A Boring Page of the Gilded Age

One who reads this book through will have as rough a mental journey as his physical nature would undergo in riding over a corduroy road in an old stage-coach. It makes no pretension to either scholarship or elegant diction. – Ward McAllister, Society as I Have Found It, 1890 No, dear readers, that is not Read More

5 Times Love Didn’t Conquer All

Here at Second Glance History, it’s tradition at this time of year to share stories of love overcoming insurmountable obstacles, again and again. But in the immortal words of Patty Smyth and Don Henley, sometimes, love just ain’t enough. I’m not alone in having learned that the hard way. Patty and Don may not have Read More

Florida Man

As longtime readers know, I like to do my research before I board the plane, and my upcoming visit to the Sunshine State is no different. However, instead of focusing on the sights and cuisine, this time around, I’m learning about the locals. Specifically, Florida Man. For the uninitiated, Wikipedia explains Florida Man as “an Read More

How to Break a World Record

With a little help from Second Glance History, anyone can travel, pickpocket, write, eat healthfully, break a lease, pull off a practical joke, be a Good Samaritan and even become a juvenile delinquent. But do you know what takes real talent? Breaking a world record. Happily, I’m here to help you with that as well. Read More

The Good Samaritan

Here at Second Glance History, I’m starting the year off with a celebration of strangers who help those in need—most especially an angelic lady named Ali, who was in the right place at the right time to rescue a certain silly blogger who got in over her head in the Pacific Ocean last month. As Read More

Home Alone

‘Tis the season for not only reindeer, grinches and magical snowmen but also fearless children, negligent parents and dumb thieves. “Home Alone” may not be the first Christmas movie that comes to mind, but it turns out there’s a long and storied tradition of children left alone around the holidays matching wits against would-be robbers. Read More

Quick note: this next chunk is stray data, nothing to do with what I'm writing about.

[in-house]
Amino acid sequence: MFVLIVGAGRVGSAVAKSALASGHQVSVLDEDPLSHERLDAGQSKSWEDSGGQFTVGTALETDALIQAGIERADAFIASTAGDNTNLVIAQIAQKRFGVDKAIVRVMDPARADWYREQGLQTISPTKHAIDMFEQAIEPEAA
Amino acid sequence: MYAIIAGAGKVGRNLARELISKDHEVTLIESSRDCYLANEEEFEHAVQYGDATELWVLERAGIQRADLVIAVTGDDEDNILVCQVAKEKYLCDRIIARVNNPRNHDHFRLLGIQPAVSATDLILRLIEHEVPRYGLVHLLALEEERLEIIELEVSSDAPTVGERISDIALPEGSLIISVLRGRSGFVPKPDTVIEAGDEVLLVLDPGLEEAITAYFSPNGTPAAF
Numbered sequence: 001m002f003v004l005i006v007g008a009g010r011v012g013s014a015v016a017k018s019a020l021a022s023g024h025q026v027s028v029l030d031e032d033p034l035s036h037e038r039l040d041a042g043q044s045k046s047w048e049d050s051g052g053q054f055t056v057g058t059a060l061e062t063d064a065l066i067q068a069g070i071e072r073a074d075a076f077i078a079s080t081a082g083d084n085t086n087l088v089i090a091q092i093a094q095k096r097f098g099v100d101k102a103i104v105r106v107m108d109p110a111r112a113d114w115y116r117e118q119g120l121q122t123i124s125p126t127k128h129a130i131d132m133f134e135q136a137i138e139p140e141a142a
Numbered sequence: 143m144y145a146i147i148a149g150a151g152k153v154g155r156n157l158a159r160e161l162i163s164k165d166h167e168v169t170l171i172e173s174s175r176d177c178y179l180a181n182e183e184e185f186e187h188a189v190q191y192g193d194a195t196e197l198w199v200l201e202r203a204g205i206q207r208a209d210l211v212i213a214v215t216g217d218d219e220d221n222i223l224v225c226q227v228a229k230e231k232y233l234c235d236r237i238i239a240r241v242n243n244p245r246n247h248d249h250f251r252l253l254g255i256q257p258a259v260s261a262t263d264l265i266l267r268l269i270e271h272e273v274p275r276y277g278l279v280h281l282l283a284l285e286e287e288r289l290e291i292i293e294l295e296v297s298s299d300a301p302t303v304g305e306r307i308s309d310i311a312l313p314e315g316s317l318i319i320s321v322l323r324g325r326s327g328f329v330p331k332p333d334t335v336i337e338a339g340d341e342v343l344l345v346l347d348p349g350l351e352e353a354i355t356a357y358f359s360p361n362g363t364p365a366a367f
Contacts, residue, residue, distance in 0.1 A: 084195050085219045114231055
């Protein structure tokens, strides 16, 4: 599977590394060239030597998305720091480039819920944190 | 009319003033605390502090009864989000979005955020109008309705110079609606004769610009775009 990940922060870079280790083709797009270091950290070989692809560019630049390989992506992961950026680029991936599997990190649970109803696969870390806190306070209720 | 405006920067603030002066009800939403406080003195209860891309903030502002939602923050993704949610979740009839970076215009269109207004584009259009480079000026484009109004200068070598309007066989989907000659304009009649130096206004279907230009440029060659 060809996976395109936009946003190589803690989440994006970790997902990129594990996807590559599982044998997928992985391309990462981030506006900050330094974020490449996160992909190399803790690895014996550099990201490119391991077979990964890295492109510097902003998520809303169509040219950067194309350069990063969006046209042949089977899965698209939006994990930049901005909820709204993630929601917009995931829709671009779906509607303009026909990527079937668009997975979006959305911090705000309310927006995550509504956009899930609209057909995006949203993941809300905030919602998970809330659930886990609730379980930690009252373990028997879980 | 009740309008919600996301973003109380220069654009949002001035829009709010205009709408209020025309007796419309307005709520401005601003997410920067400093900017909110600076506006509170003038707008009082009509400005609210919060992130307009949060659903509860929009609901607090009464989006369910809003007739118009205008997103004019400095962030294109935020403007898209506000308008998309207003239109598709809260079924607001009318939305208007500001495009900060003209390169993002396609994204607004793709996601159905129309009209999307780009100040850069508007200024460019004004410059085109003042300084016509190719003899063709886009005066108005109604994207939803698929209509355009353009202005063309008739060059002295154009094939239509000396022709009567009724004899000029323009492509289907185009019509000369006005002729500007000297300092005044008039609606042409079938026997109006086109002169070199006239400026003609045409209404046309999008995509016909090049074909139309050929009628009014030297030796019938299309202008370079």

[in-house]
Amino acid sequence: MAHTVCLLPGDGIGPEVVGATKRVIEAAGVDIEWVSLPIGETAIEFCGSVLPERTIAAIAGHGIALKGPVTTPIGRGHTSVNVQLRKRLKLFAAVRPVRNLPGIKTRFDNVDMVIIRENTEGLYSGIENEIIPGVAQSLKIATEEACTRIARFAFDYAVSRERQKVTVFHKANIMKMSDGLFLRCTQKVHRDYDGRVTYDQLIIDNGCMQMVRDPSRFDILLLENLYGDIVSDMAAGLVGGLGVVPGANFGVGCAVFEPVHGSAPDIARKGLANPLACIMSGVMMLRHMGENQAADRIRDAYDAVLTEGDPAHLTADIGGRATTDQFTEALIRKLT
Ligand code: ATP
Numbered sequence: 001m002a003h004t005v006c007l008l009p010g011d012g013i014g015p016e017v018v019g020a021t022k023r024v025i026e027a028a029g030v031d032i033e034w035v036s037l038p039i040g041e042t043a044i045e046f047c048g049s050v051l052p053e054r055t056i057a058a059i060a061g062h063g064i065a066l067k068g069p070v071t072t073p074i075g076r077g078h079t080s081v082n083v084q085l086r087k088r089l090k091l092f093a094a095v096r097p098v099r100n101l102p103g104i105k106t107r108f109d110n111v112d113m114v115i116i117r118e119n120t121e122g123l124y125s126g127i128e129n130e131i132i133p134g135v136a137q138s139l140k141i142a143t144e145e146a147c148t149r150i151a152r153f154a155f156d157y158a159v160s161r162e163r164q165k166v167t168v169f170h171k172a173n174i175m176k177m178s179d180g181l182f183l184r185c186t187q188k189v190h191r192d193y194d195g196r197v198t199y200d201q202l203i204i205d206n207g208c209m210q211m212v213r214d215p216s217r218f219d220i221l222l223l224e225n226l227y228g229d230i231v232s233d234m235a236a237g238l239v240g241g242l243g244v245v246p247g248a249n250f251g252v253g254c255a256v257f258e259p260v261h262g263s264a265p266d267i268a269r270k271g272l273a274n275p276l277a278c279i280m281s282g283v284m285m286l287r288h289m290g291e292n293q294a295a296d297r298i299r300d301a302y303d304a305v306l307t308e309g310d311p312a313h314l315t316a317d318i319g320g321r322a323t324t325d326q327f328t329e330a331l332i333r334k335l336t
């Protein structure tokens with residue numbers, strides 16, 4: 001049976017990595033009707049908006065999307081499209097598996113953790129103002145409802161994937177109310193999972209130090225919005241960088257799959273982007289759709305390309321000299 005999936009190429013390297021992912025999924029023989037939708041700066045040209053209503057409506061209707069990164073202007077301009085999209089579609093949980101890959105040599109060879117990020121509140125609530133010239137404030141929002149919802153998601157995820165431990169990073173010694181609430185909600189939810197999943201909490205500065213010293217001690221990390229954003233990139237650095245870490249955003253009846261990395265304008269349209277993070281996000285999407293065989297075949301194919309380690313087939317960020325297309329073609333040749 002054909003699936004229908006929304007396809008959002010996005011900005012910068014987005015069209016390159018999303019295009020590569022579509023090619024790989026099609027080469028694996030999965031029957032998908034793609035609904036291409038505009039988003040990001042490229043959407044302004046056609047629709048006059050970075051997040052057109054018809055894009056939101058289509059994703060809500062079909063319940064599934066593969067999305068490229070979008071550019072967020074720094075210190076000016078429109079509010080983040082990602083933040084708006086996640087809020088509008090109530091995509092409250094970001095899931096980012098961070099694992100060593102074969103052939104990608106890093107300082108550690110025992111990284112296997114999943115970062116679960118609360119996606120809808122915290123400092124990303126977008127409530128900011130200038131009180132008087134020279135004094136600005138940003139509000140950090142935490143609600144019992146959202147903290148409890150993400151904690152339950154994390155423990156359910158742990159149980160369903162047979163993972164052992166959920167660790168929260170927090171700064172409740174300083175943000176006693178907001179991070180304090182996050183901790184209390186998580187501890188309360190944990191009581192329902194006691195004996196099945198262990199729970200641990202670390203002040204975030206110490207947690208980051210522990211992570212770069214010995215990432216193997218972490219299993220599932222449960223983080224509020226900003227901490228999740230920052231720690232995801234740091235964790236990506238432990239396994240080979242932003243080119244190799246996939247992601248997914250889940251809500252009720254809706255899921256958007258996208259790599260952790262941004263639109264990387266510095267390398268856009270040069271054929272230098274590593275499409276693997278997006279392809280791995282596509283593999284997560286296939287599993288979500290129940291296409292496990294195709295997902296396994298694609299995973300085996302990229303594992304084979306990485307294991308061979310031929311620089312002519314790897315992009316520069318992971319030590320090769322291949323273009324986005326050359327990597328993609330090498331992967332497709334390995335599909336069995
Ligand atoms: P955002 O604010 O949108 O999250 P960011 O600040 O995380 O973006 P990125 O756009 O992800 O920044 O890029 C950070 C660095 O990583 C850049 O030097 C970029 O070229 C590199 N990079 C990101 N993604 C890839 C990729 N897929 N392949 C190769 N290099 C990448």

No Fairy Godmother, No Glass Slipper, No Problem

Once upon a time in a not-so-faraway land, there lived a young lady. . . “Pretty Anna” is the name by which everyone knew the beautiful Bohemian Anna Witkower, who for many months was a chambermaid at the Palmer House Hotel, Chicago. . . It’s not the most creative moniker, but it’s better than “Cinderella,” Read More

Count Your Blessings

After a whirlwind year, we’re fast approaching yet another holiday season that’s not quite normal. But one thing that hasn’t changed? Documents from the 19th and 20th centuries continue to be a cornucopia of 21st-century Thanksgiving blog post fodder. (Most especially those from Chicago’s renowned Newberry Library, to which I’m exceedingly grateful for digitizing, transcribing Read More

Corney Grain’s Refrains

When you’re born with the name “Richard Corney Grain,” you’re destined for either greatness or ridicule. In the case of the 19th-century British entertainer, he found a bit of both. My unfortunate name is likewise the subject of much controversy. My parents played a very bad practical joke on me when they gave me the Read More

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